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Dawson Springs annual barbecue acts as beacon of hope for tornado-devastated community

Lily Burris
Seven months after the December tornado outbreak, the Dawson Springs community gathered for the 74th Annual Dawson Springs BBQ. The event is a fundraiser for the local community center.

For 74 years, the small western Kentucky town of Dawson Springs has come together in late July for a community barbecue, bringing people together to raise money for the community and celebrate the summer.

The barbecue was especially important to Dawsonians this year as the town continues to recover from last December’s deadly tornado outbreak, a disaster that destroyed around 70% of the homes in Dawson Springs. For many in the community, making it to this event was going to be a big sign of hope and progress.

Darla Adams, a board member for the Dawson Springs Community Center and an assistant manager at the local Dairy Queen, was excited for the celebrations this past weekend.

“It's like if you're three years old or four years old, and you're all excited about Christmas and Santa Claus. That's this week, that's today all rolled into one,” Adams said. “It's just living in Dawson Springs and doing this is phenomenal. Everybody ought to enjoy it, or everybody ought to come and do it with us. You don't have to be a Dawsonian to do that.”

This event is a fundraiser for the Dawson Springs Community Center, where people have been having family and class reunions, wedding, baby and bridal showers and all types of events for years. In the wake of the tornado, the community center was used as a temporary office for the Federal Emergency Management Agency.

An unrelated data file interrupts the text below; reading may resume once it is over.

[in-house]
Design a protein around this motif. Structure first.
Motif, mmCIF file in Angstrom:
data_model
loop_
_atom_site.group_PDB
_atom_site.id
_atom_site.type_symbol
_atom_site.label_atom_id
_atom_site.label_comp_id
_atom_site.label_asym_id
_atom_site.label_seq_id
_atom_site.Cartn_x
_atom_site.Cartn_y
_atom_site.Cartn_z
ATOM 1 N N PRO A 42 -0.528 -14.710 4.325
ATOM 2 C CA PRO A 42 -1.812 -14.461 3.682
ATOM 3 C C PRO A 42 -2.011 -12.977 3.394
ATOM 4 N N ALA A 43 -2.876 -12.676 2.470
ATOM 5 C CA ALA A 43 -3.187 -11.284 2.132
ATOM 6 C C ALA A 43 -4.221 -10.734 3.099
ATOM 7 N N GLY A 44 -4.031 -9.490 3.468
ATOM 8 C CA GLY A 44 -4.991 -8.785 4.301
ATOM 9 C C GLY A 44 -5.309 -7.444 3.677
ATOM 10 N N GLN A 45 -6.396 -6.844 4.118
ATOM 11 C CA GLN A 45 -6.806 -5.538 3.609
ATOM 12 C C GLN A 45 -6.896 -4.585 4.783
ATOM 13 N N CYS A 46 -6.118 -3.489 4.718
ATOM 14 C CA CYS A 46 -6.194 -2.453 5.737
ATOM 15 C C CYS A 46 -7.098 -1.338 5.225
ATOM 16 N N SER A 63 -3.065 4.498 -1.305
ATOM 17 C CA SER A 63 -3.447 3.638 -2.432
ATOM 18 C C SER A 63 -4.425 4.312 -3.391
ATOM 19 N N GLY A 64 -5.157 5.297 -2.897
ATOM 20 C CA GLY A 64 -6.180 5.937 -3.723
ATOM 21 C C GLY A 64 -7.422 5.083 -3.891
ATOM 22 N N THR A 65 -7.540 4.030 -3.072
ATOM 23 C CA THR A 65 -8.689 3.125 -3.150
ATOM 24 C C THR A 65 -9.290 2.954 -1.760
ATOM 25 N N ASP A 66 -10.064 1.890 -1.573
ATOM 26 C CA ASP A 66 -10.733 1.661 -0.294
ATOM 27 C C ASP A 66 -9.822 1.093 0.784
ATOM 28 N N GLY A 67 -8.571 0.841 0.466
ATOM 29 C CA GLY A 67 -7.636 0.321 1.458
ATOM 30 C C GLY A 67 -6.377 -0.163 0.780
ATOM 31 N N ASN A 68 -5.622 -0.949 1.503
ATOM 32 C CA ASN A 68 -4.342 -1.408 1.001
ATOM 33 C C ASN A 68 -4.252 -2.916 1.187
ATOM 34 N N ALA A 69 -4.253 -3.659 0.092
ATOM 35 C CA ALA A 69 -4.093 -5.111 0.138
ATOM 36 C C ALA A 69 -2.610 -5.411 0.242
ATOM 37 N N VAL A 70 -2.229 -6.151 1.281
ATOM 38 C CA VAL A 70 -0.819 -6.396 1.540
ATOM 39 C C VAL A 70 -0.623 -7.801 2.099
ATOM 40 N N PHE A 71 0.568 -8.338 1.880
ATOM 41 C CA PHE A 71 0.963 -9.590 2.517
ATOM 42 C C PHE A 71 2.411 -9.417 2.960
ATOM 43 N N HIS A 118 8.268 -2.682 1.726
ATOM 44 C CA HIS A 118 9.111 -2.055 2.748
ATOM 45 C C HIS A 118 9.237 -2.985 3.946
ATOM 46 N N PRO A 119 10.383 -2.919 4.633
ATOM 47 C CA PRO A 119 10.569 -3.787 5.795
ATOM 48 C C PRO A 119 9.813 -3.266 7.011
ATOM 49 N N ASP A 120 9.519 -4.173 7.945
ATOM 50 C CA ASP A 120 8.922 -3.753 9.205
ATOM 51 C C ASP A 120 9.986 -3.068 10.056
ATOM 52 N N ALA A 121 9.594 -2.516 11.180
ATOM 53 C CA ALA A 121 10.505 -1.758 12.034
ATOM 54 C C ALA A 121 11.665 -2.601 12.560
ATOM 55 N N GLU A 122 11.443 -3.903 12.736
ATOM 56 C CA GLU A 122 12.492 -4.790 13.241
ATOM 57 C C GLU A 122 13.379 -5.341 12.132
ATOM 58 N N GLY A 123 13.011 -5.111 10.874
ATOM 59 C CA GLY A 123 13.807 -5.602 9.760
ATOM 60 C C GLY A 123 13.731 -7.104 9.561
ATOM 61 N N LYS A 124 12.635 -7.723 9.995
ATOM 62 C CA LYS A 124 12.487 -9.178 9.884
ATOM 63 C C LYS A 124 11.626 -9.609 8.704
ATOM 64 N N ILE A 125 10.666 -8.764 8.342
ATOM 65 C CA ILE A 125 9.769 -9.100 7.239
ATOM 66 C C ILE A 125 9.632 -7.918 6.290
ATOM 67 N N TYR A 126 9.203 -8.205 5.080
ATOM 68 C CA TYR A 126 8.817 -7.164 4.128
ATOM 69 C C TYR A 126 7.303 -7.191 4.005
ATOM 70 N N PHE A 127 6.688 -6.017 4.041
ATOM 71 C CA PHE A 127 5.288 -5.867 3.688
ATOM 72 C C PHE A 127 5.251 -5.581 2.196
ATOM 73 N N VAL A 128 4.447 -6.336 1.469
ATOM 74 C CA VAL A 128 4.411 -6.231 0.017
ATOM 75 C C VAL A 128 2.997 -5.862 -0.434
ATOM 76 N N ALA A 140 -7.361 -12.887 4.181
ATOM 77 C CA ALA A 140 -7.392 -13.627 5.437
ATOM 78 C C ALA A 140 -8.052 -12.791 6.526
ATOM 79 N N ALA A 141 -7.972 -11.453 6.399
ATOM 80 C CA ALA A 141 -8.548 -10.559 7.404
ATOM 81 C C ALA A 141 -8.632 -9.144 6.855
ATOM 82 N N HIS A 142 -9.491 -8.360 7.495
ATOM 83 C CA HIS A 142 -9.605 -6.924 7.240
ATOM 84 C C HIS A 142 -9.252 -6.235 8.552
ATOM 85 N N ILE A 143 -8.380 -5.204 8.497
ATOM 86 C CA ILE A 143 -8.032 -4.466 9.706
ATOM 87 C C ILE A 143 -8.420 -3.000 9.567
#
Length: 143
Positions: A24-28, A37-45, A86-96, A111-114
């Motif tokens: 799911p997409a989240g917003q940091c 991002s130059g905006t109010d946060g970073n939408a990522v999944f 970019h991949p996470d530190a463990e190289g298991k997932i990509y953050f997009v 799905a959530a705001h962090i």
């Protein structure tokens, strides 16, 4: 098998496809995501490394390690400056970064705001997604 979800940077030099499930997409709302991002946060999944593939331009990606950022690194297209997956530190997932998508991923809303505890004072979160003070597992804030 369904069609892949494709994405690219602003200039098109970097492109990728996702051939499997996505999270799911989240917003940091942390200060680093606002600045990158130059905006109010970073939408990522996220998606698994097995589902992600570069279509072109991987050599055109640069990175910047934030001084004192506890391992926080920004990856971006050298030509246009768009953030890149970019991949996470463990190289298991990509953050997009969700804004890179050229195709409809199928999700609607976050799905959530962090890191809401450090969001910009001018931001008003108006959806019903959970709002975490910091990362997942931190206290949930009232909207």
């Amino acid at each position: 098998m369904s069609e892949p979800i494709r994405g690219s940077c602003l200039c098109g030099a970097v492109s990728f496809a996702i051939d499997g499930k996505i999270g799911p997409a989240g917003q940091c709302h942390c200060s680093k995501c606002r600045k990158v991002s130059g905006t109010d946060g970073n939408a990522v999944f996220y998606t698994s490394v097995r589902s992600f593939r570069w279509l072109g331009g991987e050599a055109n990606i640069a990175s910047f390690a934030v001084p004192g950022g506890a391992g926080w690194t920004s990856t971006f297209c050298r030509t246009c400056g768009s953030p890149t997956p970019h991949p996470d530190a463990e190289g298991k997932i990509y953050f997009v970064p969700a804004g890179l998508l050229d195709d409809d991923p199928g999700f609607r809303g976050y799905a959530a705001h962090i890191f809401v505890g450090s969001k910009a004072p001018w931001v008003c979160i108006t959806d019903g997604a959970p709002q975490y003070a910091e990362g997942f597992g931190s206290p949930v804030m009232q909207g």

Community center board members prepped for this event for weeks. They even got together a month before the celebration to make a special barbecue sauce for the day and, the day before the event’s kickoff, thousands of pounds of pork started smoking on the barbecue pits in the Dawson Springs City Park.

Lily Burris
Donnie Mills helped barbecue pork for the 74th Annual Dawson Springs BBQ. He's been helping manage the pits used for cooking since the 1980s.

Donnie Mills started the fires in the pits at 2 a.m. last Thursday, getting the heat level just right for the meat to go on six hours later. Mills, a retiree who relocated to Dawson Springs in the 1980s, has done this for years and enjoys playing a part in the tradition.

“It's just something that the community does, and I just really, really get a lot of pleasure out of working with it,” Mills said.

Before he retired, Mills worked with Kentucky Utilities and helped with disaster recovery efforts in a number of places, but he said the tornado that hit Dawson Springs was just different.

“This year has been a very trying, challenging time. I have worked with utility companies, I’ve worked hurricanes, I’ve worked tornadoes, I've worked ice storms all over the country. I've seen a lot of really bad, challenging stuff,” Mills said. “I've never seen one quite as impactful the way this impacted this community, and I have been on some really bad hurricanes around the coast. I've been involved in some really ice bad storms, and lots of situations where tornadoes have come in and pretty much wiped out towns.”

In previous years, more than 6,000 pounds of ham was smoked, but several of the pits were damaged in December’s storms and only four were ready for use. This time around, more than 3,000 pounds of Boston Butts were smoked for about 24 hours to make into barbecue plates, sandwiches, nachos and pre-packaged pounds that would be sold out of the community center.